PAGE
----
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More Fiber, Less Diabetes Medicine?

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WebMD Health News

May 10, 2000 -- Diet can contribute to developing type 2 diabetes, but it can also help keep it under control. Diabetics who eat more high-fiber fruit, vegetables, and grains can improve their blood sugar control and may reduce their need for additional diabetic medicine, researchers report in this week's New England Journal of Medicine.

Lead author Manisha Chandalia, MD, tells WebMD that the high-fiber diet reduced blood sugar levels as much as an additional dose of diabetes drugs taken by mouth called hypoglycemic agents.

But a healthy diet doesn't have to equal boredom. Chandalia also says that this can be done by following a very tasty menu that includes lots of cantaloupe, grapefruit, oranges, papaya, raisins, lima beans, okra, sweet potatoes, winter squash, zucchini, granola, oat bran, and oatmeal. Chandalia is assistant professor of internal medicine in the VA Medical Center in Dallas.

Chandalia tested the new diet in 13 people who have type 2 diabetes. Each spent six weeks following the standard American Diabetes Association (ADA) diet that includes 24 grams of fiber per day. They then followed a high-fiber diet, which includes 50 grams of fiber per day, for another six weeks.

During the high-fiber weeks, the study subjects had major improvements in the levels of sugar in their blood. They also had improvement in their cholesterol levels.

Chandalia tells WebMD that her study shows that diet should still be the centerpiece in managing diabetes. She says that simple things can be done to increase daily fiber intake, such as "eating whole wheat instead of white bread, or eating an orange instead of drinking orange juice."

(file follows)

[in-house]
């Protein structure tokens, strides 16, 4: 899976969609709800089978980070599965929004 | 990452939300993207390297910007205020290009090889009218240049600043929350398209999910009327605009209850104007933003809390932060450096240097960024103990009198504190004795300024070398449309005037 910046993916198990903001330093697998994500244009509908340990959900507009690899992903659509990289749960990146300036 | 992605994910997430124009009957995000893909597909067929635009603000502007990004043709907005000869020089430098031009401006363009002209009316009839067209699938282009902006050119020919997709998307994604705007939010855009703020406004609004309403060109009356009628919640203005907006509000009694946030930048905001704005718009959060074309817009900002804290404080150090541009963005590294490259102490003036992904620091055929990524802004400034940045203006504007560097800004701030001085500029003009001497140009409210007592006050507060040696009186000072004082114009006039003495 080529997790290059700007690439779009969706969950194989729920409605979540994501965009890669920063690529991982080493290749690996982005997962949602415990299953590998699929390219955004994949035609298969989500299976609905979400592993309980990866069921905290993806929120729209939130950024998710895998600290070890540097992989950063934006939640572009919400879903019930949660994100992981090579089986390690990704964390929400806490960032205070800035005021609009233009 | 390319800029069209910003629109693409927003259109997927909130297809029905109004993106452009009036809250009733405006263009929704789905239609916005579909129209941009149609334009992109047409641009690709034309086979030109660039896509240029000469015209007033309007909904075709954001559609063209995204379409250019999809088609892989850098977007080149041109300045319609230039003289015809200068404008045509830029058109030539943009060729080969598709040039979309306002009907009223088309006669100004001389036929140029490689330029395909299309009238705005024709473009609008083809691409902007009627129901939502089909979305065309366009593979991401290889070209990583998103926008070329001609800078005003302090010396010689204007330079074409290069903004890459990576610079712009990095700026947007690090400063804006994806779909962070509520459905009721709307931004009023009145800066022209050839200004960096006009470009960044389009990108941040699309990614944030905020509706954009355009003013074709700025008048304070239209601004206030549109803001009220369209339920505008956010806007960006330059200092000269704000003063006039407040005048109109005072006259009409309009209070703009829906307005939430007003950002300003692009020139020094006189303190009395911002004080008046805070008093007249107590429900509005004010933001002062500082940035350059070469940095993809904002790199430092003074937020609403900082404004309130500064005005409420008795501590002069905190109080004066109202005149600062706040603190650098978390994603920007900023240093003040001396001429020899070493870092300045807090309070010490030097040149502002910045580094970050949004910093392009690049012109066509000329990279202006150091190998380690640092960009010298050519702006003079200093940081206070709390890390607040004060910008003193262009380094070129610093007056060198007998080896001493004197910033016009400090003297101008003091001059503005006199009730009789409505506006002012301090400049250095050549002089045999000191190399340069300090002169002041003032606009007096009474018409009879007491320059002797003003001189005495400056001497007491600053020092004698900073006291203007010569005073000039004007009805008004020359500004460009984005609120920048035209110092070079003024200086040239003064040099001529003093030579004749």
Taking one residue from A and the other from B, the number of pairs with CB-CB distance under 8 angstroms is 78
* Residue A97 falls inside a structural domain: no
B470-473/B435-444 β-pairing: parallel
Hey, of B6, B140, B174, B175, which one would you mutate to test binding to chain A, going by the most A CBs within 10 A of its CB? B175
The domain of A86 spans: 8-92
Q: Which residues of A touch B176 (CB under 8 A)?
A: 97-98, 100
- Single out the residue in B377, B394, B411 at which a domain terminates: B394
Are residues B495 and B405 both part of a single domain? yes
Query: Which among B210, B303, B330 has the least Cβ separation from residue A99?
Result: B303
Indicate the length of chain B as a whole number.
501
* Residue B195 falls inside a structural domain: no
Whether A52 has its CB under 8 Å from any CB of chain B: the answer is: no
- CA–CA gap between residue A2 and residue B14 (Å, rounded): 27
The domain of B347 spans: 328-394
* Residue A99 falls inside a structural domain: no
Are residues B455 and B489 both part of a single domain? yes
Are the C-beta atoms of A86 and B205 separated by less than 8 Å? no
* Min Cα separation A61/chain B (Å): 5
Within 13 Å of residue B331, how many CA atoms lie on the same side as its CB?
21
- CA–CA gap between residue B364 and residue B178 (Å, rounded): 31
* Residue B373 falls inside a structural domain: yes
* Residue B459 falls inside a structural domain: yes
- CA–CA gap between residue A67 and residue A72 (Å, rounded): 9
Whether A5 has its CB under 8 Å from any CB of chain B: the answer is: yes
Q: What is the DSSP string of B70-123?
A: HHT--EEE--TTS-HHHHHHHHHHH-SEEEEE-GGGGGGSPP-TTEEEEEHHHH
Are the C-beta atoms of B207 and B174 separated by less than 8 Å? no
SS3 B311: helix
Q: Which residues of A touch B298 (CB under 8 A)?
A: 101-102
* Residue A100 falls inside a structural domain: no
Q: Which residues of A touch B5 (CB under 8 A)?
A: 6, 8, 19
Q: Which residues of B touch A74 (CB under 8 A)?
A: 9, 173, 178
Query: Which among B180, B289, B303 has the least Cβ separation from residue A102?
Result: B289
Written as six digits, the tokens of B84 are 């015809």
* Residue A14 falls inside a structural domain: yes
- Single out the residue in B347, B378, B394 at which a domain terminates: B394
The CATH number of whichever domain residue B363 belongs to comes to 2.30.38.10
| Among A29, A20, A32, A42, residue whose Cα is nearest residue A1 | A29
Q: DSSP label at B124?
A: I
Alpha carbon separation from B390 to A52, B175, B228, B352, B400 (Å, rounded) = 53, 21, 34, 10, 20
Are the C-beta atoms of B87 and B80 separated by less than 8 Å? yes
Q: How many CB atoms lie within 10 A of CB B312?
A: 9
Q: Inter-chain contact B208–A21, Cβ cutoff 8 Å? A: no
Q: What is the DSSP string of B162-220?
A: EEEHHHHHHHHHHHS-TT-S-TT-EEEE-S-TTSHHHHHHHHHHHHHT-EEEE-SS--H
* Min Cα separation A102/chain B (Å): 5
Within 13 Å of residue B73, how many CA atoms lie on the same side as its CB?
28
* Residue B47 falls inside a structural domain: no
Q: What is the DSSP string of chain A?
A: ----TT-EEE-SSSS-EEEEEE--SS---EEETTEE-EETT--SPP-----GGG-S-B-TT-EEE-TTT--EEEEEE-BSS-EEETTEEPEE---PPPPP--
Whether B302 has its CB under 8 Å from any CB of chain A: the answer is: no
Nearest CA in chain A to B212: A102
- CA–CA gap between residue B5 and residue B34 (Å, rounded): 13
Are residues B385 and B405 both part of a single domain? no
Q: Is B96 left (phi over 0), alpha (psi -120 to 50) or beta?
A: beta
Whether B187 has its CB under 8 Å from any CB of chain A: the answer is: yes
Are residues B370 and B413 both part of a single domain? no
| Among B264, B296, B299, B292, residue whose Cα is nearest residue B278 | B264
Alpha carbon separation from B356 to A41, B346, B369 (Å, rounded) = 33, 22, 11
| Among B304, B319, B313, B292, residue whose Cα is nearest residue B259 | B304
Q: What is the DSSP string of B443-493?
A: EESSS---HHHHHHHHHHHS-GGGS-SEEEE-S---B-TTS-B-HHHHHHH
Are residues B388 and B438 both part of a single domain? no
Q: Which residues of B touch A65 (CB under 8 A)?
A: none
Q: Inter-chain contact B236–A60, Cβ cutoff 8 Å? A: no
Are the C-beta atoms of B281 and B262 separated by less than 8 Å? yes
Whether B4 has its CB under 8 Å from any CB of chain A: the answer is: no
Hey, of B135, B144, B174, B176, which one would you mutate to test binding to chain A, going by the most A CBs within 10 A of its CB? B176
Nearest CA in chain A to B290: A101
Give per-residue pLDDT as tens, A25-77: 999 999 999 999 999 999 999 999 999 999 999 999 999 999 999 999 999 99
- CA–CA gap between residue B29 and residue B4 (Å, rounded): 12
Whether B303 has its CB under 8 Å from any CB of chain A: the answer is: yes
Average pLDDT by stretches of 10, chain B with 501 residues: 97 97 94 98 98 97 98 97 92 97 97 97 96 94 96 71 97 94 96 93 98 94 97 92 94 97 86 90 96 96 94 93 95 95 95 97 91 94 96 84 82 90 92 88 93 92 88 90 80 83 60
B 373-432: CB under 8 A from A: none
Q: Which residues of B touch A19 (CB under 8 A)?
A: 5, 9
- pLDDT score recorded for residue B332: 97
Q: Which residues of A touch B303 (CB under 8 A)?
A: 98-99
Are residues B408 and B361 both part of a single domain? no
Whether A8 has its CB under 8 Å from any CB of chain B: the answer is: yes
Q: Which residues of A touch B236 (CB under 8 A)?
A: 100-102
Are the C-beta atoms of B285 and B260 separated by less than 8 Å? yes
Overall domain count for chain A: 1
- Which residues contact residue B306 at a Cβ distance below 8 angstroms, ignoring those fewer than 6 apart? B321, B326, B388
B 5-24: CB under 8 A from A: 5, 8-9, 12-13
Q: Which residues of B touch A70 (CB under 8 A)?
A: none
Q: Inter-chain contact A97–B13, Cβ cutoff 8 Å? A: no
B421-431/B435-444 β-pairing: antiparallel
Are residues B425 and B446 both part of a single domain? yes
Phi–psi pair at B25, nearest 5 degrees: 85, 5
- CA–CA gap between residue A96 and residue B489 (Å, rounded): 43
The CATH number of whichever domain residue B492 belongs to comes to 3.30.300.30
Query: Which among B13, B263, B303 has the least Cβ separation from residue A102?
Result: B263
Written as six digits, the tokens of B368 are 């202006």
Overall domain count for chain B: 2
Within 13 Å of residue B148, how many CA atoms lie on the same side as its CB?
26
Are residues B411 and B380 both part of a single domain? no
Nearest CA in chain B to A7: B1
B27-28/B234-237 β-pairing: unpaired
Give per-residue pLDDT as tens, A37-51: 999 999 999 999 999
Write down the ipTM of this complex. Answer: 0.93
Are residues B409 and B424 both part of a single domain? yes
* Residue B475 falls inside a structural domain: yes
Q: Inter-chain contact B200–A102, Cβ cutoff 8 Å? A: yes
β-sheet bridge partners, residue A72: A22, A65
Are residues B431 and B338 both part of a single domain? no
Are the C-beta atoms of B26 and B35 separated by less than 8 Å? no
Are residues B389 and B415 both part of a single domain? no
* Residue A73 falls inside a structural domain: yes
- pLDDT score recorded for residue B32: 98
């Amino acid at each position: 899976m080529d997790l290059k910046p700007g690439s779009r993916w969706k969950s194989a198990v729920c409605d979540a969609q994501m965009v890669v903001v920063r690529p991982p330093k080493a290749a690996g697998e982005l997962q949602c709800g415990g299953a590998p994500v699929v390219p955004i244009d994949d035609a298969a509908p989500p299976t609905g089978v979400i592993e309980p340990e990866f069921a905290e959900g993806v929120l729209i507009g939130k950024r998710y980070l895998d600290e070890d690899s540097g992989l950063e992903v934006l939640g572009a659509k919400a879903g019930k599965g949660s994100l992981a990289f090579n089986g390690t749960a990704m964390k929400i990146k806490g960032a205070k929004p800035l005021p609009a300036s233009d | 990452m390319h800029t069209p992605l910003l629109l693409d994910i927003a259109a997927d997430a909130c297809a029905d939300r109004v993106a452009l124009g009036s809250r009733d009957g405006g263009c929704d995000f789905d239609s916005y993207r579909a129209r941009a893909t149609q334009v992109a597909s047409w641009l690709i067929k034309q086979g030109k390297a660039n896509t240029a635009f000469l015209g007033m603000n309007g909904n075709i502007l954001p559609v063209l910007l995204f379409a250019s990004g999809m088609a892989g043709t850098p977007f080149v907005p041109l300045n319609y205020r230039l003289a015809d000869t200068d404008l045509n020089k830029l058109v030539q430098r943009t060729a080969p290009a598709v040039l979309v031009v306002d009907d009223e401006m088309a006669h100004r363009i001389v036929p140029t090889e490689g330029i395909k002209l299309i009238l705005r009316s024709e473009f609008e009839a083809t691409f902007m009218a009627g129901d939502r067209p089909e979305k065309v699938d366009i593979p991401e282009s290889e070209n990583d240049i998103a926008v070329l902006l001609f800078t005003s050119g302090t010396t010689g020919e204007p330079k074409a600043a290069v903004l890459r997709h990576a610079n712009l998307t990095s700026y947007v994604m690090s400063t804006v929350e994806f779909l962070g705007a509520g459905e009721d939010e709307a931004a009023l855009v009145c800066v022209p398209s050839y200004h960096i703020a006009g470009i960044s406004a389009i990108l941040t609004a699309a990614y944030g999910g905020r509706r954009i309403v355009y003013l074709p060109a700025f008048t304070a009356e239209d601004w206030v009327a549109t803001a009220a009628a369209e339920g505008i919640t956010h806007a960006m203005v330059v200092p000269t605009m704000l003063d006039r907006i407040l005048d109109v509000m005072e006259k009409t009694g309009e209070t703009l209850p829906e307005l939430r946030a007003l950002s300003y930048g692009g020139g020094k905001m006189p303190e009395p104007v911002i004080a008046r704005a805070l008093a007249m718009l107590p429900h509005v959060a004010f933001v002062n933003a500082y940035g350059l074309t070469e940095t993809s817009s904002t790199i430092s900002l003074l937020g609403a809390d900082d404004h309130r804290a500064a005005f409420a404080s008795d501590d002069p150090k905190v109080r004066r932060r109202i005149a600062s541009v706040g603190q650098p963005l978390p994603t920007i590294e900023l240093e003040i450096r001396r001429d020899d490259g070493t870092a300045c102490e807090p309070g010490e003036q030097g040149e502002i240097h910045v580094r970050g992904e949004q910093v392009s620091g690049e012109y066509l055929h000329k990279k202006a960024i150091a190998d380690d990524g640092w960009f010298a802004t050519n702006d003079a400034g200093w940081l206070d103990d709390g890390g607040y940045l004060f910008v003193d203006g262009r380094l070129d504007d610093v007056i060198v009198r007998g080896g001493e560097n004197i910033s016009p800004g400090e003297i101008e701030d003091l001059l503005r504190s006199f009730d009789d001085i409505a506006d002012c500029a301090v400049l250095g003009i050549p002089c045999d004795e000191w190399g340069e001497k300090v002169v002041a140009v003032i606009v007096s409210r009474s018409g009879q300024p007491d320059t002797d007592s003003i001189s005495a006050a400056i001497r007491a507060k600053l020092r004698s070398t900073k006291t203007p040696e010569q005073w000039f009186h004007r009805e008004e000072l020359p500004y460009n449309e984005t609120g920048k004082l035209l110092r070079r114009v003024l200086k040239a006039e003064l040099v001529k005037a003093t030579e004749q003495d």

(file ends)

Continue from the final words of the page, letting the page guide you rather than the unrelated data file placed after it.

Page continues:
Vladimir Vuksan, PhD, who was not involved in the study, tells WebMD that paying more attention to fiber may also increase the effectiveness of other diabetic treatments. "This is a very fine, well-controlled trial that clearly demonstrates the efficacy of dietary fiber in controlling type 2 diabetes. Other studies, including our own, have shown comparable effects, and we think that fiber could be an effective [additional] therapy." Vuksan is associate director of the Risk Factor Modification Center at St. Michael's Hospital in Toronto.

One of Chandalia's colleagues involved in the study, Abihymanyu Garg, MD, tells WebMD that adopting the high-fiber diet requires some changes in thinking about meals. Garg says that some patients were initially intimidated by the large servings of fruits and vegetables that are needed to bring dietary fiber up to 50 grams per day. "They quickly got used to it, and nobody dropped out," he says. "One patient even became quite fond of papaya, although he had never eaten it before." Garg is associate program director of general clinical research at the University of Texas Southwest Medical Center in Dallas.

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